Encryption and Decryption – What Are They? Why Are They So Important?

To really understand the concepts of encryption and decryption, you first need to understand cryptography in general.

Cryptography

In short, cryptography is the study and practice of all the classical encryption techniques that are used to protect and secure information while the information is traveling from one point to another or being stored somewhere.

Cryptography is commonly used to stop unauthorized individuals from accessing important information. Cryptography primarily uses two functionalities which are known as encryption and decryption.

a man holding a hologram globe with the words data encryption on it

What Are Encryption and Decryption?

Encryption

a vector image of devices with a lock on it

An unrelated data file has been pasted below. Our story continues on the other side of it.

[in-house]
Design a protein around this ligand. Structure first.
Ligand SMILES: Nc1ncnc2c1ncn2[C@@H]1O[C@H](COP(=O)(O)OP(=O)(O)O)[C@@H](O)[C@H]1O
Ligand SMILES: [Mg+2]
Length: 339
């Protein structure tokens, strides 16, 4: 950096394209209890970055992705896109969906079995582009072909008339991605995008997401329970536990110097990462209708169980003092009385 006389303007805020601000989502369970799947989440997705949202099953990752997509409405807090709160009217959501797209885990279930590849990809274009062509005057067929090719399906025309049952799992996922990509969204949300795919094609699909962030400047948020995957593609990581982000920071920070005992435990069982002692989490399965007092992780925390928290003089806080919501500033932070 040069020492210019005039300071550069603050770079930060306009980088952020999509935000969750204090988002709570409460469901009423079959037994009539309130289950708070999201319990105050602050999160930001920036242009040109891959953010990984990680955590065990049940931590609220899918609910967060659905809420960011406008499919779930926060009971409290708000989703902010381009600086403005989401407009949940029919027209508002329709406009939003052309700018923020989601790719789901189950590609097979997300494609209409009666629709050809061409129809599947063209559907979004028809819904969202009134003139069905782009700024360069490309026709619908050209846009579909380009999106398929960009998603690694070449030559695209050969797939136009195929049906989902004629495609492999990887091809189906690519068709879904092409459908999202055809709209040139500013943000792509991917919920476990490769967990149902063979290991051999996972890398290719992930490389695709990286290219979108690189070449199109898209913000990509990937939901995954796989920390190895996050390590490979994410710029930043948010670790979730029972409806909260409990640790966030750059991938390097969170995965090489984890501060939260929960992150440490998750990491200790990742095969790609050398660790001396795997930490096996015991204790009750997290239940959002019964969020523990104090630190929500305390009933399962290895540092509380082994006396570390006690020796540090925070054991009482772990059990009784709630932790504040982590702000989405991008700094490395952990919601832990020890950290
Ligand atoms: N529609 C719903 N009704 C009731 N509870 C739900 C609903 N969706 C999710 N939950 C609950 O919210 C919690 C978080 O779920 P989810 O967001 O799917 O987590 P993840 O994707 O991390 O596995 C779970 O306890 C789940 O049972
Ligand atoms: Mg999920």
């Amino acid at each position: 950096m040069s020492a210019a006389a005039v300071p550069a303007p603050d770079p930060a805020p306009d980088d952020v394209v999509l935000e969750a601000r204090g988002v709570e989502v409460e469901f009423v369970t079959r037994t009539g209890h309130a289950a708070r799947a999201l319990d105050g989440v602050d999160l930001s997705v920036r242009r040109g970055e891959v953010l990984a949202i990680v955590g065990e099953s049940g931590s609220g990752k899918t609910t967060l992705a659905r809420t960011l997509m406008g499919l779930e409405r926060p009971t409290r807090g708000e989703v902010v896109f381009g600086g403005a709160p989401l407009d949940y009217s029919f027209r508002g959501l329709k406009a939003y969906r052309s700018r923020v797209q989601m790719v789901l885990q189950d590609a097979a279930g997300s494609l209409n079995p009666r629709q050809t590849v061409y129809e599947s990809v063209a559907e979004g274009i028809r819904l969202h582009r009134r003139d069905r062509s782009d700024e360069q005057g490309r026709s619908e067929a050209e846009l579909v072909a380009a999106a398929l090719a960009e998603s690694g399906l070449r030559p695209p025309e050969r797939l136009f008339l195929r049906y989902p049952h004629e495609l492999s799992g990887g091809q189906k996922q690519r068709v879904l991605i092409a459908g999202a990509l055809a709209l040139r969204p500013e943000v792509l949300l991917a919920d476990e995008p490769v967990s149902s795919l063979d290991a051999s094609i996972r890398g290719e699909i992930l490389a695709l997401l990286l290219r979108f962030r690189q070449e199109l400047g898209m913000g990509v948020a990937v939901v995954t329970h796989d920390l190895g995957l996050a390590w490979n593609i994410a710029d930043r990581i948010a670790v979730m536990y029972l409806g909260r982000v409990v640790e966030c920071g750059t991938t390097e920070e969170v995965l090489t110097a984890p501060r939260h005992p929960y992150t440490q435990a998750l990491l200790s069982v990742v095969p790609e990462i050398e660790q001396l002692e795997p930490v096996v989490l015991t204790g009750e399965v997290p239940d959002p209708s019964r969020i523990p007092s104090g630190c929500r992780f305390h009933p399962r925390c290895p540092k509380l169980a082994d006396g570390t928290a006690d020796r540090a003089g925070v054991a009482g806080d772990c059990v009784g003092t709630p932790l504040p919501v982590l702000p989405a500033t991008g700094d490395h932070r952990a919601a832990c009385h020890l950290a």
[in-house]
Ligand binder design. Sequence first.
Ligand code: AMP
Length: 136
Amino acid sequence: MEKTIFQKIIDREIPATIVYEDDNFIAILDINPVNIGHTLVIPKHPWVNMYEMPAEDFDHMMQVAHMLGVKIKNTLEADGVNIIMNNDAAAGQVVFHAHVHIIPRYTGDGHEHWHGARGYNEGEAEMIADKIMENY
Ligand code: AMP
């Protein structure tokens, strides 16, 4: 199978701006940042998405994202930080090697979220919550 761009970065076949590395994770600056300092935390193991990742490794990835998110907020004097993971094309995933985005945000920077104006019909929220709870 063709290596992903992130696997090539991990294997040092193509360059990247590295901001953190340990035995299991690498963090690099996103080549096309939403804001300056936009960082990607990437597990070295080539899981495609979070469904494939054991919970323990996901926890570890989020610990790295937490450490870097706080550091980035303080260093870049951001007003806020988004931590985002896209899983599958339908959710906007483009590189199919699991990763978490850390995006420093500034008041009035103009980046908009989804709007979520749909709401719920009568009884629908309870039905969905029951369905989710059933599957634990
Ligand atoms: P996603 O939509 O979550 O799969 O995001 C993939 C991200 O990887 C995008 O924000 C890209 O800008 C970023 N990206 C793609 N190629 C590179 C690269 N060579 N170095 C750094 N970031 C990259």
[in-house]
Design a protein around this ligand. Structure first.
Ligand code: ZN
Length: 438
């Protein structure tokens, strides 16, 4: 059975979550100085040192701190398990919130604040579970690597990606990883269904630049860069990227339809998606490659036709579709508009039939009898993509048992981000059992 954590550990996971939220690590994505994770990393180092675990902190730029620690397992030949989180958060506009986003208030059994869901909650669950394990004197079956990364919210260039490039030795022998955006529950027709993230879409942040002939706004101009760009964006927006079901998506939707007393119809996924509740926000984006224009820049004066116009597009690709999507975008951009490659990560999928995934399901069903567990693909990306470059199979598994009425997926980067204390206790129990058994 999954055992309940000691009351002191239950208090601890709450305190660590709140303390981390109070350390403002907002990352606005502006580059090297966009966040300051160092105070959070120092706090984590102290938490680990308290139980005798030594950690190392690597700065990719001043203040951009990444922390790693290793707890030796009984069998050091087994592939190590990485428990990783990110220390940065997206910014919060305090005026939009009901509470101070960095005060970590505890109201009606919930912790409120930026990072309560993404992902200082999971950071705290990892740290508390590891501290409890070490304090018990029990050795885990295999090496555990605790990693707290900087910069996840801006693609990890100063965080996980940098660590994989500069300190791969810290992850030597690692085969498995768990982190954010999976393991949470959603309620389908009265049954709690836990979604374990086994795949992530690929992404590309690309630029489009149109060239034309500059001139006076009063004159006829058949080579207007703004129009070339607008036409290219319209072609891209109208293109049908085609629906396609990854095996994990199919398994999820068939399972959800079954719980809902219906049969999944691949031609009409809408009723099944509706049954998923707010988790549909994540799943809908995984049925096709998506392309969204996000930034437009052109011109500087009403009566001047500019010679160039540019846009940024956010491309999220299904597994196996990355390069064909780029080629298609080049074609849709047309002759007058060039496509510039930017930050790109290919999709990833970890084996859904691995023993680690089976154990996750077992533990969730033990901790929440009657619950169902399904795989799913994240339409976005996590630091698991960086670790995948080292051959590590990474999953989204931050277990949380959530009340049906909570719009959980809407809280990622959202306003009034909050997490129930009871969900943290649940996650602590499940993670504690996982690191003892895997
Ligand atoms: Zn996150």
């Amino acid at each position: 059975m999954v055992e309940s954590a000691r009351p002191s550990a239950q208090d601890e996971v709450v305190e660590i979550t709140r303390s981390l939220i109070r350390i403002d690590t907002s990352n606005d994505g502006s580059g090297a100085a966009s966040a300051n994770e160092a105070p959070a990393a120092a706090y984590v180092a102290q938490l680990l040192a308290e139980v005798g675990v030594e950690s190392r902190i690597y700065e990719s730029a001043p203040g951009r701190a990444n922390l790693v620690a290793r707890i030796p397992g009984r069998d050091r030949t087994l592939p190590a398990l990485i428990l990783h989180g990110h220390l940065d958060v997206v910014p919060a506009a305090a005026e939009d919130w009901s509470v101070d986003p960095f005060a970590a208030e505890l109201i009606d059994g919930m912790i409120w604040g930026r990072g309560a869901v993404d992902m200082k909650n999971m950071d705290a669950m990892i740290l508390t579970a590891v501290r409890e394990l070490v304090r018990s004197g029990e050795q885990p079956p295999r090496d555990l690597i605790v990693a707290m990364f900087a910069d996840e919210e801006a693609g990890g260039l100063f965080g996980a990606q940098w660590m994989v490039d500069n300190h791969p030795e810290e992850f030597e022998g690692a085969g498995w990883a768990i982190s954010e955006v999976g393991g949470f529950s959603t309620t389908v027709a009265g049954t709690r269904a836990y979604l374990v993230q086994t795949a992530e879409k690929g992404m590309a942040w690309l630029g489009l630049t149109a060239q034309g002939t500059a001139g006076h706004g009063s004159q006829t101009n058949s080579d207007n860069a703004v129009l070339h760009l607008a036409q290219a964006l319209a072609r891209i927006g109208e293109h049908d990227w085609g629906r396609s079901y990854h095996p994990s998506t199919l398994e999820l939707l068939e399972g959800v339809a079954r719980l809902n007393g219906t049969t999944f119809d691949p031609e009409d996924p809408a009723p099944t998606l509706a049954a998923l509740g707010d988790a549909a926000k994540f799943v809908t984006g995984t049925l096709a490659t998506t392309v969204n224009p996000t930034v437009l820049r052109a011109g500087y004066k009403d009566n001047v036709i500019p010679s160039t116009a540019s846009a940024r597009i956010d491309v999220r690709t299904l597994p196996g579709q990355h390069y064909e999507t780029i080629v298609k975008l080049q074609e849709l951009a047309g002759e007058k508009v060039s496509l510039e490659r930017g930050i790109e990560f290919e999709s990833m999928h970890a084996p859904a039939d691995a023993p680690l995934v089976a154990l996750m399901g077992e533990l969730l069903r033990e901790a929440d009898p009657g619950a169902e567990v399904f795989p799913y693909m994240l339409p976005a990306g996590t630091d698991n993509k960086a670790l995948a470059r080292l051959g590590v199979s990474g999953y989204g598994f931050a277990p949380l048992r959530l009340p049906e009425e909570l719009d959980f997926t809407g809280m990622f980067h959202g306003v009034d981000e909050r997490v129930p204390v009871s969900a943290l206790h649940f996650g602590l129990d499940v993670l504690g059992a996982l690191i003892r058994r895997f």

Encryption is the process of converting information into a code. It enables the sender of a message to make the message unintelligible to everyone apart from the receiver.

Once a message or any other type of information goes through the process of encryption, it’s unrecognizable to anyone. It basically takes another form that has no resemblance to the message that the sender initially sent.

Encryption is very important for modern communication since it’s the most reliable way to make sure that a hacker or any other type of cybercriminal is unable to intercept and read the message.

There are many encryption techniques used today including image encryption as well as symmetric and asymmetric encryption.

Most of the time, encryption takes place with the help of key algorithms. We’ve already mentioned that encryption is the best way to keep any kind of data safe from hacking and other stealing operations, but it’s also true that plenty of companies use encrypted data just so their competitors can’t access their trade secrets.